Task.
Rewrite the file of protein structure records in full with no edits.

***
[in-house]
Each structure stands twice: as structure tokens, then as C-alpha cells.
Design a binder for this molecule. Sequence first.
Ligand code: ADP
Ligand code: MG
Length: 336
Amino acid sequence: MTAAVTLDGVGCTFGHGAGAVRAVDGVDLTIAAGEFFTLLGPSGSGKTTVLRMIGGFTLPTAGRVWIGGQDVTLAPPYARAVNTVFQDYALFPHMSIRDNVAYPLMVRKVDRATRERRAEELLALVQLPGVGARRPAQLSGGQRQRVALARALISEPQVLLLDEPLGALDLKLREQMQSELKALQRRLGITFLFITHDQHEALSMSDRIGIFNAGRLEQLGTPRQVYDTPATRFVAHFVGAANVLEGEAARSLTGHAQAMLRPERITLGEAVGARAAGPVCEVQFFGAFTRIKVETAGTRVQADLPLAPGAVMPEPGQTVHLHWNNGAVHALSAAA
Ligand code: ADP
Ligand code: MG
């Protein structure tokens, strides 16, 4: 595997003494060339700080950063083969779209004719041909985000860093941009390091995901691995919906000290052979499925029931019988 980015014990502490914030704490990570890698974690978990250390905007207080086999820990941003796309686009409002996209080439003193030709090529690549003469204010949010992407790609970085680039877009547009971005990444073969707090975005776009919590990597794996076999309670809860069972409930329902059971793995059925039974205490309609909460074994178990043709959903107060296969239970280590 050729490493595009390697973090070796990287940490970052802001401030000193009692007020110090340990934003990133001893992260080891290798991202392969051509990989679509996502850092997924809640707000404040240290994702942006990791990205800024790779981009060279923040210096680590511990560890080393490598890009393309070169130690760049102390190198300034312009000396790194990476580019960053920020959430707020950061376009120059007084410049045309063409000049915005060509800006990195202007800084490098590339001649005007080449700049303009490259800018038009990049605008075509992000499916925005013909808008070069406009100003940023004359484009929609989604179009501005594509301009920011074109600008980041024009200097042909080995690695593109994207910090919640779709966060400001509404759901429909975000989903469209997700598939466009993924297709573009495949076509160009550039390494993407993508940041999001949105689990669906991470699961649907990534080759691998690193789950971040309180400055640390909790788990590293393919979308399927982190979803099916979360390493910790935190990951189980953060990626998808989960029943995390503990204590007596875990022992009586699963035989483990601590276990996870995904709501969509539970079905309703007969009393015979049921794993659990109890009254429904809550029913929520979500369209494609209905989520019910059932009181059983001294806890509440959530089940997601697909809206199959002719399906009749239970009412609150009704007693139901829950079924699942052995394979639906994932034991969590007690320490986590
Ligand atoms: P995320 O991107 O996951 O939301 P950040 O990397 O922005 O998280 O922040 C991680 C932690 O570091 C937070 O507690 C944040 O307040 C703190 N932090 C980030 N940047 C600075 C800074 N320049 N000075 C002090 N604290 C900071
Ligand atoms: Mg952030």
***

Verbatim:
[in-house]
Each structure stands twice: as structure tokens, then as C-alpha cells.
Design a binder for this molecule. Sequence first.
Ligand code: ADP
Ligand code: MG
Length: 336
Amino acid sequence: MTAAVTLDGVGCTFGHGAGAVRAVDGVDLTIAAGEFFTLLGPSGSGKTTVLRMIGGFTLPTAGRVWIGGQDVTLAPPYARAVNTVFQDYALFPHMSIRDNVAYPLMVRKVDRATRERRAEELLALVQLPGVGARRPAQLSGGQRQRVALARALISEPQVLLLDEPLGALDLKLREQMQSELKALQRRLGITFLFITHDQHEALSMSDRIGIFNAGRLEQLGTPRQVYDTPATRFVAHFVGAANVLEGEAARSLTGHAQAMLRPERITLGEAVGARAAGPVCEVQFFGAFTRIKVETAGTRVQADLPLAPGAVMPEPGQTVHLHWNNGAVHALSAAA
Ligand code: ADP
Ligand code: MG
């Protein structure tokens, strides 16, 4: 595997003494060339700080950063083969779209004719041909985000860093941009390091995901691995919906000290052979499925029931019988 980015014990502490914030704490990570890698974690978990250390905007207080086999820990941003796309686009409002996209080439003193030709090529690549003469204010949010992407790609970085680039877009547009971005990444073969707090975005776009919590990597794996076999309670809860069972409930329902059971793995059925039974205490309609909460074994178990043709959903107060296969239970280590 050729490493595009390697973090070796990287940490970052802001401030000193009692007020110090340990934003990133001893992260080891290798991202392969051509990989679509996502850092997924809640707000404040240290994702942006990791990205800024790779981009060279923040210096680590511990560890080393490598890009393309070169130690760049102390190198300034312009000396790194990476580019960053920020959430707020950061376009120059007084410049045309063409000049915005060509800006990195202007800084490098590339001649005007080449700049303009490259800018038009990049605008075509992000499916925005013909808008070069406009100003940023004359484009929609989604179009501005594509301009920011074109600008980041024009200097042909080995690695593109994207910090919640779709966060400001509404759901429909975000989903469209997700598939466009993924297709573009495949076509160009550039390494993407993508940041999001949105689990669906991470699961649907990534080759691998690193789950971040309180400055640390909790788990590293393919979308399927982190979803099916979360390493910790935190990951189980953060990626998808989960029943995390503990204590007596875990022992009586699963035989483990601590276990996870995904709501969509539970079905309703007969009393015979049921794993659990109890009254429904809550029913929520979500369209494609209905989520019910059932009181059983001294806890509440959530089940997601697909809206199959002719399906009749239970009412609150009704007693139901829950079924699942052995394979639906994932034991969590007690320490986590
Ligand atoms: P995320 O991107 O996951 O939301 P950040 O990397 O922005 O998280 O922040 C991680 C932690 O570091 C937070 O507690 C944040 O307040 C703190 N932090 C980030 N940047 C600075 C800074 N320049 N000075 C002090 N604290 C900071
Ligand atoms: Mg952030």